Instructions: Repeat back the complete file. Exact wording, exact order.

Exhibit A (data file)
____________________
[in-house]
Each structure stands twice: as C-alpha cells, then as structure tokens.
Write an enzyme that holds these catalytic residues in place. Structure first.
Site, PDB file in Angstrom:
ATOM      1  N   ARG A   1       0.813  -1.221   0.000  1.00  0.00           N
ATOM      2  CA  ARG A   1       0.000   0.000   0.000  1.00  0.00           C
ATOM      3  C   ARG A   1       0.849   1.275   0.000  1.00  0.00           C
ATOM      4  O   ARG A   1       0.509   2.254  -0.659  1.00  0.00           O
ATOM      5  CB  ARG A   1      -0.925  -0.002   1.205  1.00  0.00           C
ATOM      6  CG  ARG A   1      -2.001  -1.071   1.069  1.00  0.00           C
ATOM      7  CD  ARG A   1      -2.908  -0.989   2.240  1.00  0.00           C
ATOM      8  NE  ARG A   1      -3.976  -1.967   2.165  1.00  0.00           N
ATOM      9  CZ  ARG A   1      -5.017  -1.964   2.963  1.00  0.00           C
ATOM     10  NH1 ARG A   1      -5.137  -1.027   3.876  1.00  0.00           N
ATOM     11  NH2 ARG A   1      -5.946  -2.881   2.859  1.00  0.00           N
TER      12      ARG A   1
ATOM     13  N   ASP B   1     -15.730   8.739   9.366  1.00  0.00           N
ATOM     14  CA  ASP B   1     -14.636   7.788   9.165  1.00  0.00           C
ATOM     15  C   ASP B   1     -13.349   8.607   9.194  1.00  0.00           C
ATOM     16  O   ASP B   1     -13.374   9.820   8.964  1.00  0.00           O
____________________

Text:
[in-house]
Each structure stands twice: as C-alpha cells, then as structure tokens.
Write an enzyme that holds these catalytic residues in place. Structure first.
Site, PDB file in Angstrom:
ATOM      1  N   ARG A   1       0.813  -1.221   0.000  1.00  0.00           N
ATOM      2  CA  ARG A   1       0.000   0.000   0.000  1.00  0.00           C
ATOM      3  C   ARG A   1       0.849   1.275   0.000  1.00  0.00           C
ATOM      4  O   ARG A   1       0.509   2.254  -0.659  1.00  0.00           O
ATOM      5  CB  ARG A   1      -0.925  -0.002   1.205  1.00  0.00           C
ATOM      6  CG  ARG A   1      -2.001  -1.071   1.069  1.00  0.00           C
ATOM      7  CD  ARG A   1      -2.908  -0.989   2.240  1.00  0.00           C
ATOM      8  NE  ARG A   1      -3.976  -1.967   2.165  1.00  0.00           N
ATOM      9  CZ  ARG A   1      -5.017  -1.964   2.963  1.00  0.00           C
ATOM     10  NH1 ARG A   1      -5.137  -1.027   3.876  1.00  0.00           N
ATOM     11  NH2 ARG A   1      -5.946  -2.881   2.859  1.00  0.00           N
TER      12      ARG A   1
ATOM     13  N   ASP B   1     -15.730   8.739   9.366  1.00  0.00           N
ATOM     14  CA  ASP B   1     -14.636   7.788   9.165  1.00  0.00           C
ATOM     15  C   ASP B   1     -13.349   8.607   9.194  1.00  0.00           C
ATOM     16  O   ASP B   1     -13.374   9.820   8.964  1.00  0.00           O